Wrong Phrases Parents Say to Children

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We should inspire confidence in children and not use expressions that impair self-esteem, not to compare them with their peers or relatives, and not to tell them that something is beyond their power.

These are alphabetical truths in schooling, and many people know them. Still, there are other seemingly harmless phrases behind which obscure messages are hidden. Which are they?

Good work

Saying, “Bravo!” Or “Good kid” every time a kid shows a skill, makes him dependent on your approval, and ruins his own motivation, studies show.

Keep praise for the moments when they are truly justified and be as accurate as possible in other cases.

For example, instead of “You were great on the pitch!”, you could say, “You did a nice pass to your teammate.”

Practice makes us perfect

The more time it takes a child to develop a skill, the better it is mastered. Saying this, however, puts pressure on his fragile psyche. You are sending him the message that if he makes mistakes, then he is not working hard enough. I’ve seen kids hurt themselves just because they’re not the best, even though they try. It’s your job to help your child deal with emotions, not suppress them.

Instead of demanding perfection, support the kids when they work hard. This will make them feel proud of the progress they have made.

You’re fine

When children fall and scratch their knees, most parents instinctively tell them that nothing wrong has happened. But these words can make kids feel even worse. The kid is crying because he’s not well. The parent’s role is to help him deal with his emotions, not to suppress them.

Specialists advise you to hug him, pay attention to the wound, and then turn his attention to something else.

Hurry up

There is hardly a parent who doesn’t utter this phrase, especially on weekdays, when everything is scheduled until the last minute. Well, that’s not right! The child cannot have breakfast and dress at the same time, just so that he is not late for school and you are at work. But by rushing him, you can cause him high stress.

If you soften the tone by saying “Let’s hurry!”, You indicate that you are both of the same team. Or you can turn it in a game like: “Who’s going to put his clothes on first?”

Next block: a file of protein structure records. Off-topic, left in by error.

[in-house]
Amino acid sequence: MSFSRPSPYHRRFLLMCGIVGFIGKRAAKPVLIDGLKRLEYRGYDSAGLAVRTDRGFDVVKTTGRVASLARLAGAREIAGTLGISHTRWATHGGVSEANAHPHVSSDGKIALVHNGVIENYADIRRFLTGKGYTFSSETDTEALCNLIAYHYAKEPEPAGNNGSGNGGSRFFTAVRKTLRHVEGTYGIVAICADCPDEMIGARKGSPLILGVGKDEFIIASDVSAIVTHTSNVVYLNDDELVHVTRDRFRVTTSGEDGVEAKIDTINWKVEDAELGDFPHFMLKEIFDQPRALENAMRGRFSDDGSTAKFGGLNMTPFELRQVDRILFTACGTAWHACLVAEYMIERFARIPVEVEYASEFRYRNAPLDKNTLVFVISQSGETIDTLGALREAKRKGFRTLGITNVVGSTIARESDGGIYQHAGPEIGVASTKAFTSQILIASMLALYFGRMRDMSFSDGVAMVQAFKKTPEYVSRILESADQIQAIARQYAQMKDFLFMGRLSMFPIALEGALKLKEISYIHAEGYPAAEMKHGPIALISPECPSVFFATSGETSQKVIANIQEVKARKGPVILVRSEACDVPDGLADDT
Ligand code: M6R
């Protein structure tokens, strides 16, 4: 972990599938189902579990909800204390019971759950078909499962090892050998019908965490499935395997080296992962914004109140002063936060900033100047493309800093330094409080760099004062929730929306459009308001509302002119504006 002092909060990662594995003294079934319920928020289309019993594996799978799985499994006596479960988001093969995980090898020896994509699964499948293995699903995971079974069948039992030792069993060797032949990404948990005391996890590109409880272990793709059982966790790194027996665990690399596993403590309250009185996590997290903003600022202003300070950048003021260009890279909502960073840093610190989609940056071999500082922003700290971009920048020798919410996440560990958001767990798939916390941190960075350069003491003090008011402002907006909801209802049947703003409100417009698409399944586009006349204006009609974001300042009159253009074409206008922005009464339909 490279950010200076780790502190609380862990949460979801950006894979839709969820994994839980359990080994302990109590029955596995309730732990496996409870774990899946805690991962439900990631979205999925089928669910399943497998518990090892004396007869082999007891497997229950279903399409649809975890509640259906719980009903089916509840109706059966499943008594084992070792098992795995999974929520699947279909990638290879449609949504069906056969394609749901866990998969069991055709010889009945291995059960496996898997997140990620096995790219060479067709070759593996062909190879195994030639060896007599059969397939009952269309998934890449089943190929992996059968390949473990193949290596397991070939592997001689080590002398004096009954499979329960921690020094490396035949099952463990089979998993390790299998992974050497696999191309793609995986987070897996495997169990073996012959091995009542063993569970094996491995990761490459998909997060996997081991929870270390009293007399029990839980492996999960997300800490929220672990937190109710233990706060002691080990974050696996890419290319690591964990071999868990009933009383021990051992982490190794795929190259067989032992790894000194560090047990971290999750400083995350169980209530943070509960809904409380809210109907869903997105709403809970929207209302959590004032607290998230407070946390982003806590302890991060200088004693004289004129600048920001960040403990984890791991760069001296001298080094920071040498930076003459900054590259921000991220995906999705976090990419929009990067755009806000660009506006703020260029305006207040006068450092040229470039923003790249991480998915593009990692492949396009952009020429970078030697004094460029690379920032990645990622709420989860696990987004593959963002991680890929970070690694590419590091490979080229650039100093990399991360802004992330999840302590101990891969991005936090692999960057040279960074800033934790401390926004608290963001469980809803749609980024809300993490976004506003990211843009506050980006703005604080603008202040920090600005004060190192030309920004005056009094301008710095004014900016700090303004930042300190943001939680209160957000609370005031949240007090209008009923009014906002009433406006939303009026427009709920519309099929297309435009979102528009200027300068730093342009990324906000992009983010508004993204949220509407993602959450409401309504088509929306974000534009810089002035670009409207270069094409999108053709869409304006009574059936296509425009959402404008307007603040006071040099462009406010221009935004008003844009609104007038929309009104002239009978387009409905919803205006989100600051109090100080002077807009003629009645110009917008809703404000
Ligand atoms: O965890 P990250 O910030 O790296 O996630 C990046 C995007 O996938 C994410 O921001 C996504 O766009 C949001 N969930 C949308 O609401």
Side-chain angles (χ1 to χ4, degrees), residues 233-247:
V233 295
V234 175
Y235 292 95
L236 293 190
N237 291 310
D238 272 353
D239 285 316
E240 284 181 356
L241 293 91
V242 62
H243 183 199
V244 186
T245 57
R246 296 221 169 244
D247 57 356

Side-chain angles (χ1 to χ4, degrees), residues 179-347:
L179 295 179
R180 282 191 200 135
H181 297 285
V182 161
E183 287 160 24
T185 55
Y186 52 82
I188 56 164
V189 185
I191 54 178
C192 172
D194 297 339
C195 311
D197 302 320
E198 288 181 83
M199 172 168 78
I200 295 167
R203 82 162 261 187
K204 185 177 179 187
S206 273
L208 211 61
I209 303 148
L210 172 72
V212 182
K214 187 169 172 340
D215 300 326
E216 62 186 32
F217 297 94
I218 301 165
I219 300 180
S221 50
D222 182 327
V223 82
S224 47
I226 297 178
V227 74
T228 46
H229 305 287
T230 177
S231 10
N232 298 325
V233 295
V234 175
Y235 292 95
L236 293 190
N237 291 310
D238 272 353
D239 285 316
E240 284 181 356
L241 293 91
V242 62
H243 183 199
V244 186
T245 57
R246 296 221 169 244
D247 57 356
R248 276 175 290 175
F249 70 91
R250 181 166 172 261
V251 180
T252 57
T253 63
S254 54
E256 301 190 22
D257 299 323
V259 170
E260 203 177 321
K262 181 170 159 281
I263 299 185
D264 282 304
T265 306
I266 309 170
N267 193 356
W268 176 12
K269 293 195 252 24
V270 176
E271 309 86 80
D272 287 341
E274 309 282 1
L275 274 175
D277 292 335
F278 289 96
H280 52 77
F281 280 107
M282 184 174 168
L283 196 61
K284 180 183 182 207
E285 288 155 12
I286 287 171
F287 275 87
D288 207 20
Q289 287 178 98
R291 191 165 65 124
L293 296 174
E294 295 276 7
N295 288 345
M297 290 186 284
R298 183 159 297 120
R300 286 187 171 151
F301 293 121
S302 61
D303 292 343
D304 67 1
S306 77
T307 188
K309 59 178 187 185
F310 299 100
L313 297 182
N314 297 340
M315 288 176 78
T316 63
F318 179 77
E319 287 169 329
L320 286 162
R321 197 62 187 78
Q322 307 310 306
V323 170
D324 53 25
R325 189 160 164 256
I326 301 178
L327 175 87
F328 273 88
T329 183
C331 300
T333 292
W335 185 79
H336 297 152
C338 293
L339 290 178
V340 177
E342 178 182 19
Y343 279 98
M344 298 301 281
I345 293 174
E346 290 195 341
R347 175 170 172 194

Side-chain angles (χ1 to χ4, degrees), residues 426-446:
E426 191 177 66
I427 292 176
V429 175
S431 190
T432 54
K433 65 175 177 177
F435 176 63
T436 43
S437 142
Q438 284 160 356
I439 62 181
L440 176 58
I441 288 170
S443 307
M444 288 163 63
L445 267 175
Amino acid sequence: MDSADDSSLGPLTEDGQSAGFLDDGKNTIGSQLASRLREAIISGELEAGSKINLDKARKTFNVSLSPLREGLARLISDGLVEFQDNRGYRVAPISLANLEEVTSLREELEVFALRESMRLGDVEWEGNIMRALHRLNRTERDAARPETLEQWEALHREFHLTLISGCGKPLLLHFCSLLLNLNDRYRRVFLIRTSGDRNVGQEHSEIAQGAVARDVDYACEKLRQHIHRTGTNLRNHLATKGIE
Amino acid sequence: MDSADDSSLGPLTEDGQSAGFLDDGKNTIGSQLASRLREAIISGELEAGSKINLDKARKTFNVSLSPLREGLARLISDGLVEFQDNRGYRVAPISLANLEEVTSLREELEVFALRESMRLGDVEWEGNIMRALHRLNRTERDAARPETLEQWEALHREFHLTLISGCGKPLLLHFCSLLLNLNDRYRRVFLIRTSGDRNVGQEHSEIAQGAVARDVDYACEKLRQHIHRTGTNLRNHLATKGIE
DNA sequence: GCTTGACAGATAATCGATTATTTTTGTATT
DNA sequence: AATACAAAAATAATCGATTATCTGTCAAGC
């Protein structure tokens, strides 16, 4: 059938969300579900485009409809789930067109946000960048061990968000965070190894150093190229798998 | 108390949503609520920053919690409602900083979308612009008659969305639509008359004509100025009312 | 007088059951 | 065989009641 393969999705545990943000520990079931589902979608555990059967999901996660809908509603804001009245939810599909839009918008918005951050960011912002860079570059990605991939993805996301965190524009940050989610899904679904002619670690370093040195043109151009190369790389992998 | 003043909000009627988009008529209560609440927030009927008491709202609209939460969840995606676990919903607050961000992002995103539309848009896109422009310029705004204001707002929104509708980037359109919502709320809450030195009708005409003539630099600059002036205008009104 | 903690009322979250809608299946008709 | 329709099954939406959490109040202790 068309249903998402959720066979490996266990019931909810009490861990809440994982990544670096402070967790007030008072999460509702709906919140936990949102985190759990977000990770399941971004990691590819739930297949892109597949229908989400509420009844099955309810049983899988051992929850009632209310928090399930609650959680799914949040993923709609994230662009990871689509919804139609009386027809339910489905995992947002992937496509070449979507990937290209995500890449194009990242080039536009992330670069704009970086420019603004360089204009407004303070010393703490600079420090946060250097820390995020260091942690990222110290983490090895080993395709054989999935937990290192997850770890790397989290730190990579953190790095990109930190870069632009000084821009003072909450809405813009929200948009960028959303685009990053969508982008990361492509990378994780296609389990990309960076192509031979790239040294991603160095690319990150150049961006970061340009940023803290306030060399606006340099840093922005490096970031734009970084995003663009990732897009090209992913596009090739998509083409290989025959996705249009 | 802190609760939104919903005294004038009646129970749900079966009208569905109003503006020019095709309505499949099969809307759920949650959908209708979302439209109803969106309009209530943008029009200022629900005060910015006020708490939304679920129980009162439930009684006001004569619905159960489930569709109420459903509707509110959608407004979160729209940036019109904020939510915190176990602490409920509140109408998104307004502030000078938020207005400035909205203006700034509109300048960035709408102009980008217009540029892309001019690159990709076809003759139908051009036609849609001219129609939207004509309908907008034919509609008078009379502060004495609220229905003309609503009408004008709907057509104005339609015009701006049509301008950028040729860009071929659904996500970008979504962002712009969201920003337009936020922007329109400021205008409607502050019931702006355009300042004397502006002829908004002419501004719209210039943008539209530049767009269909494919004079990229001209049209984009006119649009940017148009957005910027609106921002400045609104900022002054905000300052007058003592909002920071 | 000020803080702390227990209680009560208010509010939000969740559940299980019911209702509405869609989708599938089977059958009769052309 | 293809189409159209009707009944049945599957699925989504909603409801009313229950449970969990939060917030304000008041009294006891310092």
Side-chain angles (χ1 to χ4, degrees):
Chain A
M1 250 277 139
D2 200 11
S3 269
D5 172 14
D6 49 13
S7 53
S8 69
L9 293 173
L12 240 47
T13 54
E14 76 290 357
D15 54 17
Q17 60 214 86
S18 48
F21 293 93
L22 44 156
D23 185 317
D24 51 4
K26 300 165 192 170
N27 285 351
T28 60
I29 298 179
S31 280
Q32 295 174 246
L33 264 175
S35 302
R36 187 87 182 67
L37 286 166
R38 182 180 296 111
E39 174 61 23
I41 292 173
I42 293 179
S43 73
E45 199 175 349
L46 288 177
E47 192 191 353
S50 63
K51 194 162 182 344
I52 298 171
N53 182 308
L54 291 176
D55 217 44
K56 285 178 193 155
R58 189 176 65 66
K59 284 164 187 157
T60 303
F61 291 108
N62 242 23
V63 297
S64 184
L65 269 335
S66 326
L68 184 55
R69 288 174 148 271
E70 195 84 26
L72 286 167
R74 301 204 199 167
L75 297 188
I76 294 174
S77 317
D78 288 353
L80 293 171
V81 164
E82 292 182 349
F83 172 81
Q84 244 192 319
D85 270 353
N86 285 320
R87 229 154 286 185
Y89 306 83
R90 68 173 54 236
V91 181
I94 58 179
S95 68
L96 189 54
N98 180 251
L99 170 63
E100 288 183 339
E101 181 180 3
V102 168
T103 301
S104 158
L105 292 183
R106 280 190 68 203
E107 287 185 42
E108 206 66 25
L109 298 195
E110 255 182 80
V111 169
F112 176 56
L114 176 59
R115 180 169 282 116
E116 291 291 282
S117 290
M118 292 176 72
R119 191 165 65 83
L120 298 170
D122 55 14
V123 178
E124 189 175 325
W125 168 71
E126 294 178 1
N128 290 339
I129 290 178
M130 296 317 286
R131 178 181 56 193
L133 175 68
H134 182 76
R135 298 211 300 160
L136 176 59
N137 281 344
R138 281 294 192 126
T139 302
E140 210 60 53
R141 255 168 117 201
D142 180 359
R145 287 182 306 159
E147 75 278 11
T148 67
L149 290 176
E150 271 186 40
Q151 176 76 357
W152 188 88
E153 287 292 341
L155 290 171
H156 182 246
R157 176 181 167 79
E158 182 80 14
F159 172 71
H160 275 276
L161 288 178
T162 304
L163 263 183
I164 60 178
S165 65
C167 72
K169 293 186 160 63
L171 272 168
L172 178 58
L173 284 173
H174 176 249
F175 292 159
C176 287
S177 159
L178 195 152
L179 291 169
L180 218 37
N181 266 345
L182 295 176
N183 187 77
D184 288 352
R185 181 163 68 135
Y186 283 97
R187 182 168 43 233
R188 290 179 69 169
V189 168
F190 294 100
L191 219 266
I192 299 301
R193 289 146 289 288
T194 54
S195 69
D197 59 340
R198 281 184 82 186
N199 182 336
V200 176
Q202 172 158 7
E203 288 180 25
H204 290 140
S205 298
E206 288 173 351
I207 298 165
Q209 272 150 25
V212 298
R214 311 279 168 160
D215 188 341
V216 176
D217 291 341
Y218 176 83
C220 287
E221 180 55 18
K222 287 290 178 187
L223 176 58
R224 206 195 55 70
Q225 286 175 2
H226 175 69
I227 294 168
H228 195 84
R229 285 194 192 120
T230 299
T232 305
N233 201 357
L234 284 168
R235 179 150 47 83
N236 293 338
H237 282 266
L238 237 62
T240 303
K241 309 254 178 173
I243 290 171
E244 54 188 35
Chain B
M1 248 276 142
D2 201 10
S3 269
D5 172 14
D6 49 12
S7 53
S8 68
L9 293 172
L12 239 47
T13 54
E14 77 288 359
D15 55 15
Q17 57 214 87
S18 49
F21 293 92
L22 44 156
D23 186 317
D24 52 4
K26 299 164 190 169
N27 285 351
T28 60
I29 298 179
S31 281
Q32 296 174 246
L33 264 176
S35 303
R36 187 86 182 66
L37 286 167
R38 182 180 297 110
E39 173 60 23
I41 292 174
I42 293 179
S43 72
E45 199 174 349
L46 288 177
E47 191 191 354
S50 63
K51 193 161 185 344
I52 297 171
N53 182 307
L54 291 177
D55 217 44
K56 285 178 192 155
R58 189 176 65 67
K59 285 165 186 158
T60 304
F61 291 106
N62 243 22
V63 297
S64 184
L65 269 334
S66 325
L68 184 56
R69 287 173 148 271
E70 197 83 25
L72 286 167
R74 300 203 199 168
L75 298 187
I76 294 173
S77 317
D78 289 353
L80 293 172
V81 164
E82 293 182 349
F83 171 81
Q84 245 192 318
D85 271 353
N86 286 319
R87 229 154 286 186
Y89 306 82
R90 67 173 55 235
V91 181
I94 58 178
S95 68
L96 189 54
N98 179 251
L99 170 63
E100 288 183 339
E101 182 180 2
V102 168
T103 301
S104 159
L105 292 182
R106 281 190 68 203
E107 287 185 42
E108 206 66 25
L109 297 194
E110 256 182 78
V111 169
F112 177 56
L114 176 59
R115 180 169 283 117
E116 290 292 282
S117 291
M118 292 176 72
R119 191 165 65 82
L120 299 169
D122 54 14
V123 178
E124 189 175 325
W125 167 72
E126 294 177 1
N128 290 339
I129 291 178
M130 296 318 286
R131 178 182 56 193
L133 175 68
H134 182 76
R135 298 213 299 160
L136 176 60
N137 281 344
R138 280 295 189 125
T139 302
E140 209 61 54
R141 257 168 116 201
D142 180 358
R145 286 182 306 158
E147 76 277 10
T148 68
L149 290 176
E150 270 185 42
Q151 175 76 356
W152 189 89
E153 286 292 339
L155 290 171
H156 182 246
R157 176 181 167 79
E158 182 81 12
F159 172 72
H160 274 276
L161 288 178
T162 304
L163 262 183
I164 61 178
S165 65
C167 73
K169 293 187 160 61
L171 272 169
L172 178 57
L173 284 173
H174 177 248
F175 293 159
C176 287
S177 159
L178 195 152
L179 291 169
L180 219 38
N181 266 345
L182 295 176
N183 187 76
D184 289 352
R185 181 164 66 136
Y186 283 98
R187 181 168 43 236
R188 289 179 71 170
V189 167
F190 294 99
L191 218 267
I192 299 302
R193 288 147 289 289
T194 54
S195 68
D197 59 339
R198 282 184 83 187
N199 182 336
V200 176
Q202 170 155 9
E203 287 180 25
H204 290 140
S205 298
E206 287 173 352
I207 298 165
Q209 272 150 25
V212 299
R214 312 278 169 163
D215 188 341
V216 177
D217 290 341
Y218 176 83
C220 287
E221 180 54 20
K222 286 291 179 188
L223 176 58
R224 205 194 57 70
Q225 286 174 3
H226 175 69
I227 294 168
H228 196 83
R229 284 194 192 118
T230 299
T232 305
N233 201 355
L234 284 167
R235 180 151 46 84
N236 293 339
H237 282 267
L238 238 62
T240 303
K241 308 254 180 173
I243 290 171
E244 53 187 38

I’m on a diet

If your child watches you climb the scales every day and talk about pounds, calories, and trans fat, he or she will develop an unhealthy attitude towards his or her own reflection in the mirror.

You better say: “I eat healthy because I feel better. I also need to do more sports, and it’s so lovely out there – I’ll go for a walk “.

Not only will this convey your thinking to your child, but it will also inspire him to exercise.

We can’t afford it

This almost always works. Especially when you think buying another toy could spoil the kid. But in doing so, you are sending a subliminal message that you cannot control your finances, which can scare a young person.

The “I’m not going to buy this for you because we’re saving for more important things” will do a better job and can be the basis for a serious conversation about managing your family budget.

Don’t talk to strangers

A young child would have a hard time understanding this remark. It is not good to set your heir to fear of all strangers – you still want him not to grow isolated from others and learn to cope alone in life. So it’s much better to tell him, “If anyone scares you, bothers you, or makes you feel sad, tell me right away,”.

Watch out

Saying this to your child the moment he or she climbs on the frame, increases his or her chances of falling. Your words distract him, and he could lose focus.

If you are worried, you better stay close to him and watch closely without interfering until it is absolutely necessary.

You won’t get a dessert until you finish your dinner

Using this cue, you value the delicacy of the staple food – precisely the opposite of what you strive to achieve.

The saying, “We’ll eat dinner first and after that, the dessert” does a better job.

Let me help you

It is a natural reaction of every parent to say this when he or she sees his or her child trying to do something – to cut a figure out of shape, to complete a puzzle, or to build a tower of cubes. However, this is not good for him. You are undermining his independence, and he will always seek your help. It would be much better if you asked him guiding questions to help him solve the problem. For example: “What do you think – the small or big piece is more suitable for the fence?”, “Why do you think so?”, “Try again,”…

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